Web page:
I: Modern Chakra Colors: Most metaphysical properties have a surprisingly simple origin. They are qualities of the chakra that correspond to the mineral in color. The theory of the chakras comes from Hinduism and Buddhism. Spiritual energy flows through the subtle body along channels called nadi (Sanskrit, nāḍi,“flow, river, conduit”). The body has three main nadi, one in the spinal column and two that wrap around it. A crossroad of energy called a chakra (Sanskrit, cakra, “wheel, circle, turning”) is produced where they intersect, traditionally depicted as a spoked wheel or lotus flower.

Texts describing the chakras were first translated into English in the early 20th century. Since then their exact number, location, and associations have varied between sources. A rainbow colored version has become fairly standard in the metaphysical community, with some variation:

Crown Chakra = White or purple.
Third Eye = Dark blue or purple.
Throat Chakra = Light or dark blue.
Heart Chakra = Green or green and pink.
Navel Chakra = Yellow
Second Chakra = Orange
Root Chakra – Red or black.

While the positions are traditional, the color scheme is contemporary. It only comes from the late 1960's/early 1970's in the writings of Christopher Hills. However almost all contemporary stone books are based on it. Minerals are given the qualities of their correspondingly colored chakra and they are believed to heal body parts near it. For example, kunzite is the pink variety of the mineral spodumene. It is used for love, emotional healing, and stress relief, all traits of the heart chakra.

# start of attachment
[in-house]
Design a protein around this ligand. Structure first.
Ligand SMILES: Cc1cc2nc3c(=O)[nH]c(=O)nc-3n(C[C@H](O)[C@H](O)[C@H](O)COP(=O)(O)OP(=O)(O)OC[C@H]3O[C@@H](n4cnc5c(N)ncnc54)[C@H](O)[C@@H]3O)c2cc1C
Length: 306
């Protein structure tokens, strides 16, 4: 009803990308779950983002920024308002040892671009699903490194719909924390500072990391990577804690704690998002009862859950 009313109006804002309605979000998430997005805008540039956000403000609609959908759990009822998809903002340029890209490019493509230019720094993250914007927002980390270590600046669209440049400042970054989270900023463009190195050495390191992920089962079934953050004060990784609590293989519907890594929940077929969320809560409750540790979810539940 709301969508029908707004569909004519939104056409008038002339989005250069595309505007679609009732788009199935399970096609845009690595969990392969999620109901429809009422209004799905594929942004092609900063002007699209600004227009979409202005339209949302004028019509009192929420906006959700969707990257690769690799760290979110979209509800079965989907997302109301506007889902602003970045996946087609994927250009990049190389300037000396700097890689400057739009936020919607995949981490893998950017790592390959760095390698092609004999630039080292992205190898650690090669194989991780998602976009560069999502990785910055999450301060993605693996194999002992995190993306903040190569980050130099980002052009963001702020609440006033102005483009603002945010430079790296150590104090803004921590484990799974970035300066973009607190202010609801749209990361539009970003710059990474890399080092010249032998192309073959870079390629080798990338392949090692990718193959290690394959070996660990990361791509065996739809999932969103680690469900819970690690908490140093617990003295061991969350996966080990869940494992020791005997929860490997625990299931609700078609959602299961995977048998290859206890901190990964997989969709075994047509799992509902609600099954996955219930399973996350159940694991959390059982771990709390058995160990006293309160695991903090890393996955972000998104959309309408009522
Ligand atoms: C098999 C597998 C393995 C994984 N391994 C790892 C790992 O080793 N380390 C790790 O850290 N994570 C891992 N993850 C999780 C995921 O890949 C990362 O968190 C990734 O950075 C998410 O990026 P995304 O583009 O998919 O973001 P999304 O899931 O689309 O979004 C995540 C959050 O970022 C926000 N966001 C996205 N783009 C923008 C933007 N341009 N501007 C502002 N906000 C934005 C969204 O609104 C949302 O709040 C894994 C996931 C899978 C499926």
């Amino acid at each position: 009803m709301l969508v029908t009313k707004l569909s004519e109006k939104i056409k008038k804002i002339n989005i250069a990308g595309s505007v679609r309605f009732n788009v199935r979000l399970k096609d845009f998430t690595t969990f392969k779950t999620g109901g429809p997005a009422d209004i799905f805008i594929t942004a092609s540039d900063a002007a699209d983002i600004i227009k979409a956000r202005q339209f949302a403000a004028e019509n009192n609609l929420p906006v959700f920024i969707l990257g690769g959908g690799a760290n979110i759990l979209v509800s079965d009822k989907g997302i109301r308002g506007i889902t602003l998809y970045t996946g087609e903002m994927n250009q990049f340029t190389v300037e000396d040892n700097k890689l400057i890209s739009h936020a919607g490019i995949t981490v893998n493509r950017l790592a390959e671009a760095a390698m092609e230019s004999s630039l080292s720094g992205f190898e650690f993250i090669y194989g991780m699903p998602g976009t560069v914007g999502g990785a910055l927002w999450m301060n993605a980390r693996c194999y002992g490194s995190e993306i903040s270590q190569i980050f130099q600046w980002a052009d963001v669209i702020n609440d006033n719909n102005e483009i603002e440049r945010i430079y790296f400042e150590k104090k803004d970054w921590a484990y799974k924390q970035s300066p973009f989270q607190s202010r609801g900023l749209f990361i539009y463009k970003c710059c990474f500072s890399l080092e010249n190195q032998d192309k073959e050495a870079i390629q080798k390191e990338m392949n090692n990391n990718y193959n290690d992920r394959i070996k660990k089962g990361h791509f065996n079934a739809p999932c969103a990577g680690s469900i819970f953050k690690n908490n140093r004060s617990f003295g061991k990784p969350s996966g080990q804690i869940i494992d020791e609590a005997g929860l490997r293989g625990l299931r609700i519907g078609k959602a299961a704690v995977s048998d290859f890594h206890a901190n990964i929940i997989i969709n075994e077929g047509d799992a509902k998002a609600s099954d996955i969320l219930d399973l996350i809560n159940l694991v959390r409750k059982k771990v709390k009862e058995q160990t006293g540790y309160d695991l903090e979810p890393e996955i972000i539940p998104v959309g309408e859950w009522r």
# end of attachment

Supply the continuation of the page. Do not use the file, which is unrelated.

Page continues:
© 2012, C. L. Matthews
[Image Source: Public domain, Wikipedia Commons]

Friday, September 21, 2012

The Metaphysical Properties of Goldstone (Aventurine Glass)

[Goldstone glass]

What is goldstone?

Often mistaken as a mineral, goldstone is actually a glittering man made glass. It is typically reddish brown with coppery flecks but also comes in green, blue, and purple, with more silvery specks. The other varieties are named after it, like green goldstone, blue goldstone, etc. Goldstone was known historically as aventurine glass, from its Italian name avventurina, “accidental”, from the root avventura meaning “by luck, chance, or risk”. The name may refer to the random nature of its spangles or the difficulty in producing it.

In gem folklore, it was first produced accidentally. The legend has many variations. A monk, or factory worker, randomly knocked copper shavings into molten glass, alchemists discovered it during their attempts to produce gold, or monks practicing alchemy created the secret recipe. This explains its trade names: monk's stone, monkgold, gold flux, and even goldstone itself. Sometimes it is falsely represented as a natural material secretly mined by monks or still hand crafted by them.

When is the earliest documentation for goldstone?

The 17th century Venetian glass maker Vincenzo Miotti is credited with the invention of goldstone, although some believe it existed in antiquity. The island of Murano, part of Venice, has been a center of glass making in Italy for centuries. As a major trade good, glass artists were discouraged from leaving and their techniques were safely guarded. Goldstone was especially prized by the Chinese, who called it jinxing boli, “gold star glass”. It remained a trade secret until the process was disclosed during the early 19th century.

The word aventurine was later applied in geology to minerals that resemble the glass, most notably glittering varieties of included quartz. Green aventurine is a quartz colored by small pieces of fuchsite, a green mica colored by chromium. Confusingly both aventurine feldspar and goldstone may be known as sunstone.